As many of you did; I grew up in a time when doors marked boundaries, but we weren’t afraid of others crossing them to do us harm. Most of you can probably also remember a time when you didn’t lock your doors. When we finally did; everyone knew where we hid the spare key–just in case we locked ourselves out. I can remember when this all changed for the town I grew up in. A young couple was abducted from a small town close to ours in the late spring and killed. Their bodies were found in the fall by deer hunters after the corn fields had been harvested. The killer wouldn’t be caught for almost 30 years. But the damage was done–our little corner of the world was no longer safe. And ever since, people have closed the gate, locked the doors, and lived in a kind of fear some can remember not feeling before.
Gates and doors are precisely for this. They provide protection and shelter. They are the means for going in and going out.
It is interesting in today’s reading that Jesus, our good shepherd, doesn’t describe himself as the gatekeeper only, but rather as the gate itself. We who are far removed from what it meant to be a shepherd in Jesus’ time might think that something got lost in the translation. It turns out that is not the case. Jesus calls himself the gate, because that was part of what a shepherd was. In sheepfolds where there was no actual physical gate, the shepherd would lie himself down in the opening which allowed entry and exit. In this way the shepherd knew who or what came and went or who or what attempted to come and go and so could serve as protector of the sheep.
In our reading today there is no door that separates Jesus from the sheep since he is the gate, the door itself. While my poor Shadow scratched at the door–none of us needs to beg to be let in–what Grace! Jesus the gate and the gate-keeper opens and closes the way for us. Letting us in. Letting us out. Keeping us safe. And giving us all we need.
During this time of pandemic, of fear, of sheltering in place; how would our perspective change if we saw those doors not just as barriers keeping us in and separating us from others; but that it is Jesus protecting us and giving us all that we have and need? Can we be like the sheep who know they need the shepherd and that is enough? Can it be enough for this difficult time to lie down and rest in the presence of Jesus? As Christians we have not been promised an easy life, but God has promised to be with us throughout it all–the good and the bad. No matter what happens God in Christ is with us–supporting us and loving us. There is nothing we can do or any place where we go that God is not with us! I pray that gives you peace in these difficult times. Amen.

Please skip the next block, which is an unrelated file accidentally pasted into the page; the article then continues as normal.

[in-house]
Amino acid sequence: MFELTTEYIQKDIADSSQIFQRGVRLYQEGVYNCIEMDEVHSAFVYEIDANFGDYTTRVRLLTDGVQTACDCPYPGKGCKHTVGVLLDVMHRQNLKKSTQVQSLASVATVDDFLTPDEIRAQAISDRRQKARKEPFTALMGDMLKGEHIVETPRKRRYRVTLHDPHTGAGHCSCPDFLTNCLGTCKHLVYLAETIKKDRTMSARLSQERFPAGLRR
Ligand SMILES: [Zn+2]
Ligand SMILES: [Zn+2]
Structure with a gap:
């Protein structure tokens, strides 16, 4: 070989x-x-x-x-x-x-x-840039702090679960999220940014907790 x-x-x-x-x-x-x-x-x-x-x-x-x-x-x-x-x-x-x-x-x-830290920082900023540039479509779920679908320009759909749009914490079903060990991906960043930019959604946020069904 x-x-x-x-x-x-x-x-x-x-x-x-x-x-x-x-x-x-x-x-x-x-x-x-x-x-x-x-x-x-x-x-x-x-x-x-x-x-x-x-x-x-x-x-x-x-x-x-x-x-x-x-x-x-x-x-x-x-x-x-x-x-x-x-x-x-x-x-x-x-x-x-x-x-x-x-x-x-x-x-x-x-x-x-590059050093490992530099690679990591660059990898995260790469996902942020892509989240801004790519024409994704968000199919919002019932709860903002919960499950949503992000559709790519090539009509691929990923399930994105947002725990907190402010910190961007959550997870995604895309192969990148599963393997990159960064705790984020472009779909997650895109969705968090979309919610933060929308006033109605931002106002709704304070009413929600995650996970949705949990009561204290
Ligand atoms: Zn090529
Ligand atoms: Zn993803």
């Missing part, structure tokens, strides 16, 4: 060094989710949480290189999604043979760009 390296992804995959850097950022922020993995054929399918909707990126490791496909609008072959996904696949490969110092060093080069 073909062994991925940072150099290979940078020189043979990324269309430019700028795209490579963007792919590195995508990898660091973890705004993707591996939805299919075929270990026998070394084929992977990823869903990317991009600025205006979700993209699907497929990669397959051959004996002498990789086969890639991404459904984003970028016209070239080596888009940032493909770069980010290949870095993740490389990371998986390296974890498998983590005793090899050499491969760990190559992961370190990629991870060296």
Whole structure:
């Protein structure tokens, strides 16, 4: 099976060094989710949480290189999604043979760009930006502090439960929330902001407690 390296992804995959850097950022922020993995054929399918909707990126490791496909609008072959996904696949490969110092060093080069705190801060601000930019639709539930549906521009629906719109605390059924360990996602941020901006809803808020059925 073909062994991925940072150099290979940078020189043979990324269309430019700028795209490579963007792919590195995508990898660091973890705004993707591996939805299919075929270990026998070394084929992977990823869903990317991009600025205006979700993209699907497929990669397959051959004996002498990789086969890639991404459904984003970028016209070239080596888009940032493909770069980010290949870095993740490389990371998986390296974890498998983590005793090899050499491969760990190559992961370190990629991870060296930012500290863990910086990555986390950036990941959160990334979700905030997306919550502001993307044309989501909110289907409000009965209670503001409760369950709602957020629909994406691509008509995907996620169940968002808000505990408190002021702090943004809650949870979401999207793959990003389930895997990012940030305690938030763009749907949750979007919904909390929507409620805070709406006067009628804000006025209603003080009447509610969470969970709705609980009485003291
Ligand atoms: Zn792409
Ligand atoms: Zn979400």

Uplifted by the promised hope of healing and resurrection, we join the people of God in all times and places in praying for the church, the world, and all who are in need.
Shepherding God, we give thanks for all who are continuing the church’s ministry in this time of crisis. Lord, in your mercy. Hear our prayer.
Creating God, we praise you for those who maintain and operate farm equipment, for those who plant and harvest crops, for local farmers’ markets, and for those involved in agriculture of any kind. Strengthen their hands as they feed the world. Give them strength to get through these trying times in agriculture. Lord, in your mercy. Hear our prayer.
Guiding God, be with your servants at Red Oak Grove as we travel on paths unknown. Help us as we navigate in these uncertain times giving us wisdom to do your will. We especially lift up to you this week: Peter Aldahl; Kenny Anderson; Connie Benson; Kacey Boyle; Shaina, Matt, Walter, and Emmit Christiansen; Daniel and Carrie Christianson; Zachary, Stacie, Matthew, and Dakota Hoffman; David Lindquist; Dorothy Phipps; and Samuel Weikem. Lord, in your mercy. Hear our prayer.
Comforting God, you carry us tenderly. We pray for those who walk through dark valleys overshadowed by anxiety and overewhelmed with suffering especially Kim, Audrey, Arlene, Loren, Karen, Harlan, Nathan, Madelon and those we name in our hearts. Lord, in your mercy. Hear our prayer.
Everlasting God, your beloved have heard your voice, you have called them by name and guided them to your side in death. We thank you for their lives of faithful witness. Lord, in your mercy. Hear our prayer.
With bold confidence in your love, almighty God, we place all for whom we pray into your eternal care; through Christ our Lord. Amen.
Lord, remember us in your kingdom and teach us to pray. Our Father, who art in heaven, hallowed be thy name, thy kingdom come, thy will be done, on earth as it is in heaven. Give us this day our daily bread; and forgive us our trespasses, as we forgive those who trespass against us; and lead us not into temptation, but deliver us from evil. For thine is the kingdom, and the power, and the glory, forever and ever. Amen.
Blessing: The Lord bless you and keep you. The Lord’s face shine upon you and be gracious to you. The Lord look upon you with favor + grant you peace. Amen.
Go in peace and serve the Lord. Thanks be to God!